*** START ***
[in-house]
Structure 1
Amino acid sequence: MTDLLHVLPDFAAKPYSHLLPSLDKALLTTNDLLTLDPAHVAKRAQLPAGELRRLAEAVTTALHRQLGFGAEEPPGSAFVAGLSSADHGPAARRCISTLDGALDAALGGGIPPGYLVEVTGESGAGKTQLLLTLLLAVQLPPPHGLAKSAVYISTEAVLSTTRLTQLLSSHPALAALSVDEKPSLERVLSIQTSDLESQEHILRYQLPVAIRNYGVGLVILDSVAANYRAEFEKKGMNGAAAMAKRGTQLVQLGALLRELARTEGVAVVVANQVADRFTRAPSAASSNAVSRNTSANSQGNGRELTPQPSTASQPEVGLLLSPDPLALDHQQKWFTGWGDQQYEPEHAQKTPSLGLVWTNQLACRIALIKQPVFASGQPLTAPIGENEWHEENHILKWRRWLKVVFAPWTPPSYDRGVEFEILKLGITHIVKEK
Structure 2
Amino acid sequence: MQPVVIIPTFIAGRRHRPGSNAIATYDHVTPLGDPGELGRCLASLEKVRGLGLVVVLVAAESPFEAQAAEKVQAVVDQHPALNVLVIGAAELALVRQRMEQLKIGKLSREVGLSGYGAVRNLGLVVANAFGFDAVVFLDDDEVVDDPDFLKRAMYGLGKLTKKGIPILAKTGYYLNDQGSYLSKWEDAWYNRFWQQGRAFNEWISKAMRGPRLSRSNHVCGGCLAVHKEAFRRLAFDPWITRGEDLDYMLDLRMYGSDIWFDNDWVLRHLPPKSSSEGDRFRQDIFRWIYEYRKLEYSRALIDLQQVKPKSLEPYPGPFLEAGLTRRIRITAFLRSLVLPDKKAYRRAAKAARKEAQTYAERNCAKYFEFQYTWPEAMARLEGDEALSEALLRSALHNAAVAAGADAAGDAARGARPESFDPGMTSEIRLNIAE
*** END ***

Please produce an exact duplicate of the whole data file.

[in-house]
Structure 1
Amino acid sequence: MTDLLHVLPDFAAKPYSHLLPSLDKALLTTNDLLTLDPAHVAKRAQLPAGELRRLAEAVTTALHRQLGFGAEEPPGSAFVAGLSSADHGPAARRCISTLDGALDAALGGGIPPGYLVEVTGESGAGKTQLLLTLLLAVQLPPPHGLAKSAVYISTEAVLSTTRLTQLLSSHPALAALSVDEKPSLERVLSIQTSDLESQEHILRYQLPVAIRNYGVGLVILDSVAANYRAEFEKKGMNGAAAMAKRGTQLVQLGALLRELARTEGVAVVVANQVADRFTRAPSAASSNAVSRNTSANSQGNGRELTPQPSTASQPEVGLLLSPDPLALDHQQKWFTGWGDQQYEPEHAQKTPSLGLVWTNQLACRIALIKQPVFASGQPLTAPIGENEWHEENHILKWRRWLKVVFAPWTPPSYDRGVEFEILKLGITHIVKEK
Structure 2
Amino acid sequence: MQPVVIIPTFIAGRRHRPGSNAIATYDHVTPLGDPGELGRCLASLEKVRGLGLVVVLVAAESPFEAQAAEKVQAVVDQHPALNVLVIGAAELALVRQRMEQLKIGKLSREVGLSGYGAVRNLGLVVANAFGFDAVVFLDDDEVVDDPDFLKRAMYGLGKLTKKGIPILAKTGYYLNDQGSYLSKWEDAWYNRFWQQGRAFNEWISKAMRGPRLSRSNHVCGGCLAVHKEAFRRLAFDPWITRGEDLDYMLDLRMYGSDIWFDNDWVLRHLPPKSSSEGDRFRQDIFRWIYEYRKLEYSRALIDLQQVKPKSLEPYPGPFLEAGLTRRIRITAFLRSLVLPDKKAYRRAAKAARKEAQTYAERNCAKYFEFQYTWPEAMARLEGDEALSEALLRSALHNAAVAAGADAAGDAARGARPESFDPGMTSEIRLNIAE